Skyler—I finally got through it. The financial reform law was a slog—390,000 words and 5,000 pages, not exactly an S-1 or other light reading. But I’m pleased to report that you were correct about the loopholes: It’s holier than a piece of Swiss cheese. The firm (and other investment banks on Wall Street, probably) has a multitude of options.
And even though the new law really won’t prevent a second collapse, I think we can all agree that we don’t want to repeat the past few years. The firm has cut back on travel per diems, on watering the greens at the country club—and let’s not talk about downgrading from The Glenrothes to Johnnie Walker. (I even had to sell off the 55-foot Ferretti!)
Here are the loopholes I found, with my thoughts on how best to exploit them.
1. The part about limiting our investment in hedge funds and private equity to 3 percent of capital is tricky, but I think we can work around it. I know of a few funds that are refocusing on luxury condos and rebranding as “REIT-platinum.” We can also continue to bet on web 2.0, 3.0, cloud and other vaporware firms as long as an equivalent value of the companies’ offices and other real estate holdings are used as collateral. With today’s prices and depressed valuations, we can get really good terms for the equivalent of an Aeron chair. Ironically, real estate looks like a pretty solid bet going forward.
2. The new Consumer Financial Protection Bureau initially looked like a substantial obstacle, but a close reading suggests that its protections can apply to the words “Consumer Financial” as much as actual consumers. Since the name isn’t taken yet, marketing grabbed the website and legal is creating a shell “Consumer Financial Bancorp of America” for most of our assets. Should keep the rabble in their place—behind us. LOL!
3. We’re going to have to scrap our “Preferred Broker” reward system for the subprime team. Can’t tie the rewards to the higher cost of the loans, apparently. But—I love this—we can take a cue from the cell carriers and pad out the bottom line with extra line items: Closing Fees, Late Fees, Escrow Transfer Fees (coming and going), Late Fee Payment Processing Fees, Public Portfolio Acknowledgement Fees, Attorney Toleration Fees, etc. The possibilities (and revenues) are endless.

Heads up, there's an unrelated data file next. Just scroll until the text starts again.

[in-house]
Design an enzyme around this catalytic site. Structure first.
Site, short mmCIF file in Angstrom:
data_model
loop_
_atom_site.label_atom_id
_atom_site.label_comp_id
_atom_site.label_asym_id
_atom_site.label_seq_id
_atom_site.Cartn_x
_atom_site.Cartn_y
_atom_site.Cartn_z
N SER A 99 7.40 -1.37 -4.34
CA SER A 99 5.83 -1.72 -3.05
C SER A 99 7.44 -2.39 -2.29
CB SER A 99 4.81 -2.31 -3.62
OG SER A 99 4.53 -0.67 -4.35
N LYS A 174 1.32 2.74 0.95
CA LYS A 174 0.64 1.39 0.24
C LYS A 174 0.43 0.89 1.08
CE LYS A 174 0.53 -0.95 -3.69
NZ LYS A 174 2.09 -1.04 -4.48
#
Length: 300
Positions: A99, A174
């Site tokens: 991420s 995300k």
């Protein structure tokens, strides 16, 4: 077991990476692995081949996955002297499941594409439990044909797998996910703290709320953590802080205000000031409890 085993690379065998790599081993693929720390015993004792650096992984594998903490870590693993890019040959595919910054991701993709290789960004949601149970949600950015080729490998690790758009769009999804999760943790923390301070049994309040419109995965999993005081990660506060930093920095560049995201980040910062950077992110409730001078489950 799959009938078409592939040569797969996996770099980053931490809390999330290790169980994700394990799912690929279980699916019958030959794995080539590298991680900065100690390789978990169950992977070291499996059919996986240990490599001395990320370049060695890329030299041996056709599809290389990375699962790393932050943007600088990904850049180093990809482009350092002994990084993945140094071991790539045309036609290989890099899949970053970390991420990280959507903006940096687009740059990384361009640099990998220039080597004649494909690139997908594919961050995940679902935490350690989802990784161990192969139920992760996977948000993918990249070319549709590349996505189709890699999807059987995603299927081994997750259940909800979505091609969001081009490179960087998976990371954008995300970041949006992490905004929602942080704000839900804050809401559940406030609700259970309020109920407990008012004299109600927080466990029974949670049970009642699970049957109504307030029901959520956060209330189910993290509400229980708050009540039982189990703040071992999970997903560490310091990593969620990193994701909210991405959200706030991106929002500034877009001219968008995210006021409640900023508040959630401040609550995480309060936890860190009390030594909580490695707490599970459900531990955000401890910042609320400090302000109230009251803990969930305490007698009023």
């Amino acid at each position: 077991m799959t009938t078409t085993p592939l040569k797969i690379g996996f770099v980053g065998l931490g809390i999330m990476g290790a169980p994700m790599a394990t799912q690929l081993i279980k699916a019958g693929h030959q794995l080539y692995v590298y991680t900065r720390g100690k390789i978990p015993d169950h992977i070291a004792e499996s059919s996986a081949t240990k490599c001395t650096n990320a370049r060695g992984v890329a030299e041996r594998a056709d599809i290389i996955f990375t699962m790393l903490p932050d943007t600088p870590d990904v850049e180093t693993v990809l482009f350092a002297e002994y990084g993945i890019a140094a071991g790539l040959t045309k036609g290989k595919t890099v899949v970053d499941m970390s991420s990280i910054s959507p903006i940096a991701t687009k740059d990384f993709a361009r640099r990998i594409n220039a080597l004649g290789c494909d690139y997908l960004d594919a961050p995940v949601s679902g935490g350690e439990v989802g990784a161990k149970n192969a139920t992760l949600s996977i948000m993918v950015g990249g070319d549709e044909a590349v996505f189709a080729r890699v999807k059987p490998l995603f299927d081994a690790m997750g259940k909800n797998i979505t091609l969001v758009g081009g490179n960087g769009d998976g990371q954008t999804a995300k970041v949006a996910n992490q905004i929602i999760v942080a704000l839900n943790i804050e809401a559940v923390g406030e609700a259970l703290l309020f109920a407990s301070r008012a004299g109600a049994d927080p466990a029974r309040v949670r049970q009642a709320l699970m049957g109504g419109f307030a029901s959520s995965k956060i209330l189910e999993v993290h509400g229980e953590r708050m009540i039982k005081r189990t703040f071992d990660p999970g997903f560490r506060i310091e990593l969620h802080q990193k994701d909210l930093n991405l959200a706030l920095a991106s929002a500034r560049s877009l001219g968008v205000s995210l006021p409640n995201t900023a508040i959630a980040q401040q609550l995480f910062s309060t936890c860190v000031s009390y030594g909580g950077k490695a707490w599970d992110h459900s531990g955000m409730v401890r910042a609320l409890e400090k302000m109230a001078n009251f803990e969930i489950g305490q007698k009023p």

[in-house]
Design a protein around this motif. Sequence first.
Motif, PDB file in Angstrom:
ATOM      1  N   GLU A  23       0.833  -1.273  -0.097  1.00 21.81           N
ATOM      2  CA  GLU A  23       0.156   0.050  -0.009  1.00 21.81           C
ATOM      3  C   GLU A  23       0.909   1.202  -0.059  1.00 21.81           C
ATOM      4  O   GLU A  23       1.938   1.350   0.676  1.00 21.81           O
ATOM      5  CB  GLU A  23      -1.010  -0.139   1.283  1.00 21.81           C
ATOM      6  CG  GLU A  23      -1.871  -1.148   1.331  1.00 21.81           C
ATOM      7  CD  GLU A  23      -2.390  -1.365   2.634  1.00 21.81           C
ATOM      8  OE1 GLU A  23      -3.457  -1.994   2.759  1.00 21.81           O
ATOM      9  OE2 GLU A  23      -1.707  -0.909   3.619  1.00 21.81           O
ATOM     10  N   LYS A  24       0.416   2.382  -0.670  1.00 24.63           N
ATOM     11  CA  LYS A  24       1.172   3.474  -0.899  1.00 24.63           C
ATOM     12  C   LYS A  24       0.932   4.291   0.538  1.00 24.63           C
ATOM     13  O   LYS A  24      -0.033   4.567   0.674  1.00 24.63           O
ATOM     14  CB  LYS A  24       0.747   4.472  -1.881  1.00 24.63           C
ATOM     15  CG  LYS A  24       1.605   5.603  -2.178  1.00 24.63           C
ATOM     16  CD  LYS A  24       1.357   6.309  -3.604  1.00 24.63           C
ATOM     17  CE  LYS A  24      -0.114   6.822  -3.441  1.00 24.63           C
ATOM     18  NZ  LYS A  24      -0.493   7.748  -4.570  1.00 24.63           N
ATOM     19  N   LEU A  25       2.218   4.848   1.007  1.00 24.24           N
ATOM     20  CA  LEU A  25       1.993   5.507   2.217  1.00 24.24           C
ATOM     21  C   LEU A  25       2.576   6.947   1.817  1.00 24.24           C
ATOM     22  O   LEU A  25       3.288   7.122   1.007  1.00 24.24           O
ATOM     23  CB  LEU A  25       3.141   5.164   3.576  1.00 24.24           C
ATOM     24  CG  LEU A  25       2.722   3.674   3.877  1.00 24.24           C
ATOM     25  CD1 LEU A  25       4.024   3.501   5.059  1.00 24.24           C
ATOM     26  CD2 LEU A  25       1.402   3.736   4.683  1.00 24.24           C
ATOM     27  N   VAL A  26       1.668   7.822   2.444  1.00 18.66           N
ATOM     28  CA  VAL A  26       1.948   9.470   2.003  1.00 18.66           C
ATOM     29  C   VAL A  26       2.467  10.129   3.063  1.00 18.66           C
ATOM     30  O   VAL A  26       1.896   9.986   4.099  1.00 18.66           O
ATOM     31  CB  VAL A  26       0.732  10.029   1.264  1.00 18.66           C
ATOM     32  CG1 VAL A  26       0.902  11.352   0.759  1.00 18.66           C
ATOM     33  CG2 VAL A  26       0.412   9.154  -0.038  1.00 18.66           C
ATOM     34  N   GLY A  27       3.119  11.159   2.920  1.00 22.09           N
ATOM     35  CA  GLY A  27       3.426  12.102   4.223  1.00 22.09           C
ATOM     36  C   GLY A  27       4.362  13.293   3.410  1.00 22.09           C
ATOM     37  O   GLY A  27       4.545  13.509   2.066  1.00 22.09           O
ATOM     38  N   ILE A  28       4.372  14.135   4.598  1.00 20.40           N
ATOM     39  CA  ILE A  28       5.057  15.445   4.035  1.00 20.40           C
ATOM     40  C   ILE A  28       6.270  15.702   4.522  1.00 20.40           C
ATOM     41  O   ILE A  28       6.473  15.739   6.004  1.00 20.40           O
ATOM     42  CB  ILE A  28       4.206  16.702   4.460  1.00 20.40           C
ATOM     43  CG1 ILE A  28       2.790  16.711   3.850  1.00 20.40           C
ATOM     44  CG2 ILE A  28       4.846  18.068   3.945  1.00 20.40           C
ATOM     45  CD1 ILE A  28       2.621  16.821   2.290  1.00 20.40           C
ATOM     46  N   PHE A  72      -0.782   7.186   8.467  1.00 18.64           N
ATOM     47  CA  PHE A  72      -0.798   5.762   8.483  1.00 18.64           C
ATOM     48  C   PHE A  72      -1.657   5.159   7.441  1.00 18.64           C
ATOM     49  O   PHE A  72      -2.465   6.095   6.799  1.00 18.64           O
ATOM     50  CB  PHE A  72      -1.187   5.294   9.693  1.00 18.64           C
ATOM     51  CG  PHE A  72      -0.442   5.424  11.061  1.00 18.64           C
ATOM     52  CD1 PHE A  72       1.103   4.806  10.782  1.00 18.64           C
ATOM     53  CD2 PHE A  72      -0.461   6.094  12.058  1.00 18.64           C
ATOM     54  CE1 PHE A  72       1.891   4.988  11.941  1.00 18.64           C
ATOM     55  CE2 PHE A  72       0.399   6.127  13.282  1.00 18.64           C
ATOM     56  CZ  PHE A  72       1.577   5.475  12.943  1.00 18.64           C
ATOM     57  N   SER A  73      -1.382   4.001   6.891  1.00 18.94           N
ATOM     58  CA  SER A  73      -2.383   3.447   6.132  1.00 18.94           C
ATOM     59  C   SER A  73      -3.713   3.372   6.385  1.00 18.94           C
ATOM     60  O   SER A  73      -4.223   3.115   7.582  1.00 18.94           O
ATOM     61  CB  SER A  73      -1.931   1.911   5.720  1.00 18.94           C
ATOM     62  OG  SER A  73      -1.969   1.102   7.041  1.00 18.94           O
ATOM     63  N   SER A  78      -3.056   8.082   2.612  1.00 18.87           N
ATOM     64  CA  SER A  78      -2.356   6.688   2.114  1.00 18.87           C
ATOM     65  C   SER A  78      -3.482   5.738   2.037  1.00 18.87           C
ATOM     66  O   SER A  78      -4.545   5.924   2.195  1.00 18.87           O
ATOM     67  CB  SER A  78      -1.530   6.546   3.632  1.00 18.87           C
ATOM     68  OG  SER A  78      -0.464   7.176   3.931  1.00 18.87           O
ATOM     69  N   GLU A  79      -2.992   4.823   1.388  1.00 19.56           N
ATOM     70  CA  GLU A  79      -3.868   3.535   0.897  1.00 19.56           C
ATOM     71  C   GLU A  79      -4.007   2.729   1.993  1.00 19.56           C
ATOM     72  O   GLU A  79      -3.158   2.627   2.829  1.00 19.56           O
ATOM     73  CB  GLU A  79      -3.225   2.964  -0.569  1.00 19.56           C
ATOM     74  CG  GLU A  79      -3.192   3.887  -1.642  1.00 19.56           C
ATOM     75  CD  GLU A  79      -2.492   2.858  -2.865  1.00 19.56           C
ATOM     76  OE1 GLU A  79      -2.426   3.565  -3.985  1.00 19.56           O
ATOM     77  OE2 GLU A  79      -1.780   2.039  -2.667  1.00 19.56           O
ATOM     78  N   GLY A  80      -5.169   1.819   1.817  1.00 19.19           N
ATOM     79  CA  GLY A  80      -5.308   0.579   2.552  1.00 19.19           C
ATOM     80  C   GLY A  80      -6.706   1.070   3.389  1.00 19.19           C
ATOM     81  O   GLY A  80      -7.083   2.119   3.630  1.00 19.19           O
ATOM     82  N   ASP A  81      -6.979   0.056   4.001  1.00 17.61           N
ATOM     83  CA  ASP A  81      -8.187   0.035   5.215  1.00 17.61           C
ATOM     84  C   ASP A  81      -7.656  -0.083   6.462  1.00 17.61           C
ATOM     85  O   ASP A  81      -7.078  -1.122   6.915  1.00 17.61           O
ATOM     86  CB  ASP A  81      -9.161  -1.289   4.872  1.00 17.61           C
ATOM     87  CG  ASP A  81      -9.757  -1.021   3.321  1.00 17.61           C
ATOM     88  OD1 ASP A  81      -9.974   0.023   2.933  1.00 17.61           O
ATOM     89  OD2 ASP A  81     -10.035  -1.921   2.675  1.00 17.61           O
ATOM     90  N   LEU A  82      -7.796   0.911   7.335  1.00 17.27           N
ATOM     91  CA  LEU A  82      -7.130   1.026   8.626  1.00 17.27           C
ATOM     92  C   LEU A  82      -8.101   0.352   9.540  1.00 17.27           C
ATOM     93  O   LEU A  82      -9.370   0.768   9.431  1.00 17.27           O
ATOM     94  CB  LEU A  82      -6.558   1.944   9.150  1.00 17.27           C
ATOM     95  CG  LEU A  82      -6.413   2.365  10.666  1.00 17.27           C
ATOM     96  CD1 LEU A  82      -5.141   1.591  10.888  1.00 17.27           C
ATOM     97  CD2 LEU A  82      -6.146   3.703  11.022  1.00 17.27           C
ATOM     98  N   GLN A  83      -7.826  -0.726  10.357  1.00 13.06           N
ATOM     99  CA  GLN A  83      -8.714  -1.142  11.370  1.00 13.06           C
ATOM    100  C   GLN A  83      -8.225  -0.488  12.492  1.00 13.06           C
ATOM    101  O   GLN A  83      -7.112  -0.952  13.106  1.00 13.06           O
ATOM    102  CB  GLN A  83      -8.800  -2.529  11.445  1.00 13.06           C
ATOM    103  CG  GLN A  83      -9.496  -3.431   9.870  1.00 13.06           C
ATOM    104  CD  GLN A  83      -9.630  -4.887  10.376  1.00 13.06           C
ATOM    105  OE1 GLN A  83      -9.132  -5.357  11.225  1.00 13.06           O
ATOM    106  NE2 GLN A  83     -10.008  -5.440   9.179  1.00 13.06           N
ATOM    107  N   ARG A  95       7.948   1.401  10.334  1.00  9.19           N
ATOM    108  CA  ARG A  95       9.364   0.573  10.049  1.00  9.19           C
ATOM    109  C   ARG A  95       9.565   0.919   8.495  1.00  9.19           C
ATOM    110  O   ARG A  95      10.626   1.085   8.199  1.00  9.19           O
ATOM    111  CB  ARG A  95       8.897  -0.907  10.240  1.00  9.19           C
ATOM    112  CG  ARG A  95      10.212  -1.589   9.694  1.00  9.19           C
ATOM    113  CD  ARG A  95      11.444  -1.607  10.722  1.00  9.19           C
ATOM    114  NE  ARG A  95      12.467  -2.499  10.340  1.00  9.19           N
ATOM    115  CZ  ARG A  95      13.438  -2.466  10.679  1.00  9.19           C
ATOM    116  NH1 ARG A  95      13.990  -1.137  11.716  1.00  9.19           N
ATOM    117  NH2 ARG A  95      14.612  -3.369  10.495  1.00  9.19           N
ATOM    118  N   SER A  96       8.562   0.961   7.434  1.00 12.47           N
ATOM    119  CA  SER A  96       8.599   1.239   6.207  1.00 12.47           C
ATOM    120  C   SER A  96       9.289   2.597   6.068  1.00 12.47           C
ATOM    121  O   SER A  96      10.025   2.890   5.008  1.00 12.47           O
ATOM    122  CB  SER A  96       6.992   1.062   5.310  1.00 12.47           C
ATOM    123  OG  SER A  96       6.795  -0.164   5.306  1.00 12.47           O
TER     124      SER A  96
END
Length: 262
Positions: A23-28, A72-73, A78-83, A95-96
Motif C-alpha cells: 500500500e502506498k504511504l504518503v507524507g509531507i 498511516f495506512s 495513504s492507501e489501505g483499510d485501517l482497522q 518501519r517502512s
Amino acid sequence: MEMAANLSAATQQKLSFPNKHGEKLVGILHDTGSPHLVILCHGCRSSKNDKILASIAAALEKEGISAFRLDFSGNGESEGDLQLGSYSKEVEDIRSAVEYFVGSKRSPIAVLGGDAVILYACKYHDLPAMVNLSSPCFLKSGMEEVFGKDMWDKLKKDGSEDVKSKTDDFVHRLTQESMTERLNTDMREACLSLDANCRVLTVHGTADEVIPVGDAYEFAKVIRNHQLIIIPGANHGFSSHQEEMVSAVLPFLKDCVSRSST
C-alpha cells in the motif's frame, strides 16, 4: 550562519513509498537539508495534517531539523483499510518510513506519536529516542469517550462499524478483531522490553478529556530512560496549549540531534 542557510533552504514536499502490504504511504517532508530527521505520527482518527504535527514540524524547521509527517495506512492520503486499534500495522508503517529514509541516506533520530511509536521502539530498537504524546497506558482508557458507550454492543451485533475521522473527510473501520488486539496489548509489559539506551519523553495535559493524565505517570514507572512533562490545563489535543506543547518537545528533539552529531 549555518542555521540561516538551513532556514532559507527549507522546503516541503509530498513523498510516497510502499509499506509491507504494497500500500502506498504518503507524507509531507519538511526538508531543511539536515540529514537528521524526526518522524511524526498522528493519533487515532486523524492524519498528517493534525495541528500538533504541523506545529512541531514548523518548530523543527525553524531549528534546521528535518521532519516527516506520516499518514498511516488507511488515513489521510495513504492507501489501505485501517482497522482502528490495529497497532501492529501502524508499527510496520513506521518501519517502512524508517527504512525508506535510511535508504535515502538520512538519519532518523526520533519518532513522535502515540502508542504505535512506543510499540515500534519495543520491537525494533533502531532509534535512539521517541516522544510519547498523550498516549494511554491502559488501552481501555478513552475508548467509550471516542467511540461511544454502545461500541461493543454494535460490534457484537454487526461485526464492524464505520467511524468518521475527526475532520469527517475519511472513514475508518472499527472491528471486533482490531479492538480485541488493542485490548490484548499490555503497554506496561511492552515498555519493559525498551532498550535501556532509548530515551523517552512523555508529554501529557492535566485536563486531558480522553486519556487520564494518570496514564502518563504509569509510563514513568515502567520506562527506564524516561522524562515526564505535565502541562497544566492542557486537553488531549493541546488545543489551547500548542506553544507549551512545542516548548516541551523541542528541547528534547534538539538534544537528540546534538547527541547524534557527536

4. I know what you’re thinking about No. 3, and yes, we have to spell them all out. All I can say is, when was the last time you read your itemized cell phone bill through? Tree, meet forest.
5. Another thought: You know how the government makes everything available in two or three languages? We do the same, in the name of hippy-drippy multiculturalism. Did you know there are more than 500 languages represented in New York? We slip English in at No. 63, between Edo and Falam Chin.
6. Still trying to figure how to exploit the exception for auto dealers. All those zero percent financing deals didn’t help our case before the crash. Maybe we could buy back Hummer from the Chinese? We wouldn’t even have to open a lot. Just divvy up the inventory. Say, two H2s each? :-)
7. The community banking exception is easier: What is Wall Street but a cozy community of the rich and rapacious?
8. There’s nothing in the law that says we can’t initiate Project Costa del Fresno and set off our nuclear “asset” underneath the San Andreas Fault. I’m just saying our holdings in the Central Valley would be more valuable with beaches and ocean views. We’ll check with legal about any relevant statutes.
9. Finally (I skimmed the 10th for myself :P), there’s the fact that the law does nothing about Fannie Mae or Freddie Mac, even though they were partly responsible for this mess. There just might be something to that whole government-backed enterprise thing. I suspect our neighbors on the top floor got the same idea when they changed their name to Goldy Sac. We should really look into it.
As I said, we have options. Let’s talk about them over a glass of 18-year-old Glen ... if I can still afford it.